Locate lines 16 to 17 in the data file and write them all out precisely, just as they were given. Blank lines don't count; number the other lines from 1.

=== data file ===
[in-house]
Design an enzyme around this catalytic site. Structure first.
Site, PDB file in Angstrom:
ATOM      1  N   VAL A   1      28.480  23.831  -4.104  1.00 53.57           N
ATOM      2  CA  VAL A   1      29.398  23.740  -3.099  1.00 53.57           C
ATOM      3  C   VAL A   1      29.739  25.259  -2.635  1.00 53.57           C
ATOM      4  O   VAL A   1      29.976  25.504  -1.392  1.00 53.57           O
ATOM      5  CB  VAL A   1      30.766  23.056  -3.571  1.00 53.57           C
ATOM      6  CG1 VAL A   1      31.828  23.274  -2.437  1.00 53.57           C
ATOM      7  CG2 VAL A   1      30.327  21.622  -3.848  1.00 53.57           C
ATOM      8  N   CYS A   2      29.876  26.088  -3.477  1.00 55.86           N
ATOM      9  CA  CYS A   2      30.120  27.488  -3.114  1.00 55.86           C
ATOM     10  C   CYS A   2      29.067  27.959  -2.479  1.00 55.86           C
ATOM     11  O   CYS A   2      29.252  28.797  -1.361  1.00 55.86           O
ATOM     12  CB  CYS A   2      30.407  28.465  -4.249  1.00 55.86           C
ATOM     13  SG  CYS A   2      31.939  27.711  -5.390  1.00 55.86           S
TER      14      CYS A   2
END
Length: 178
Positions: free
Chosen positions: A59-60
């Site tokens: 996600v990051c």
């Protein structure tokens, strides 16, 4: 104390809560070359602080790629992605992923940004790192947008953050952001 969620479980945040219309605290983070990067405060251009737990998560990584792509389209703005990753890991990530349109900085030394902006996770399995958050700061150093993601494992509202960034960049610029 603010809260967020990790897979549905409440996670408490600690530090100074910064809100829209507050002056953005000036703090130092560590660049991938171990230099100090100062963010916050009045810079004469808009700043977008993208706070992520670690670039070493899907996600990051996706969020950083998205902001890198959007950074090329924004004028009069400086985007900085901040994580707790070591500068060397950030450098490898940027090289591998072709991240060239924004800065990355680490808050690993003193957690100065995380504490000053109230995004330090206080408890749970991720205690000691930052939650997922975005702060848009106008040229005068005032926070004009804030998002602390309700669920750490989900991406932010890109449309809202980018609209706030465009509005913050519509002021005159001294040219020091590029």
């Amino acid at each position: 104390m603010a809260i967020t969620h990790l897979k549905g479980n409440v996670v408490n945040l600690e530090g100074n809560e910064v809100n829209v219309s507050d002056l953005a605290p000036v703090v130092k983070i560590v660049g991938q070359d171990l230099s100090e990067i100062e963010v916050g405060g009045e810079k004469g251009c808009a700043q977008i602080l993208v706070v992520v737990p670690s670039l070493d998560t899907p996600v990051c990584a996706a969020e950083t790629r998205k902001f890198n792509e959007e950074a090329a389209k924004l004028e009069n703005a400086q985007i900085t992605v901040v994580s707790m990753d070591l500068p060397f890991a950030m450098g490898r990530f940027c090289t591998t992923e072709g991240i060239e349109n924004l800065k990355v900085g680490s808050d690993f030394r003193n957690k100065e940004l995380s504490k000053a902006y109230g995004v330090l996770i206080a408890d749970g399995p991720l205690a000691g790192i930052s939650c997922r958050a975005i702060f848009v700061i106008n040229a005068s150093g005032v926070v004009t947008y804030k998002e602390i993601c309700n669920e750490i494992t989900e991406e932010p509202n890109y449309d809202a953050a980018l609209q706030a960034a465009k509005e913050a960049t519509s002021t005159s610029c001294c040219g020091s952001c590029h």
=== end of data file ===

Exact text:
ATOM     13  SG  CYS A   2      31.939  27.711  -5.390  1.00 55.86           S
TER      14      CYS A   2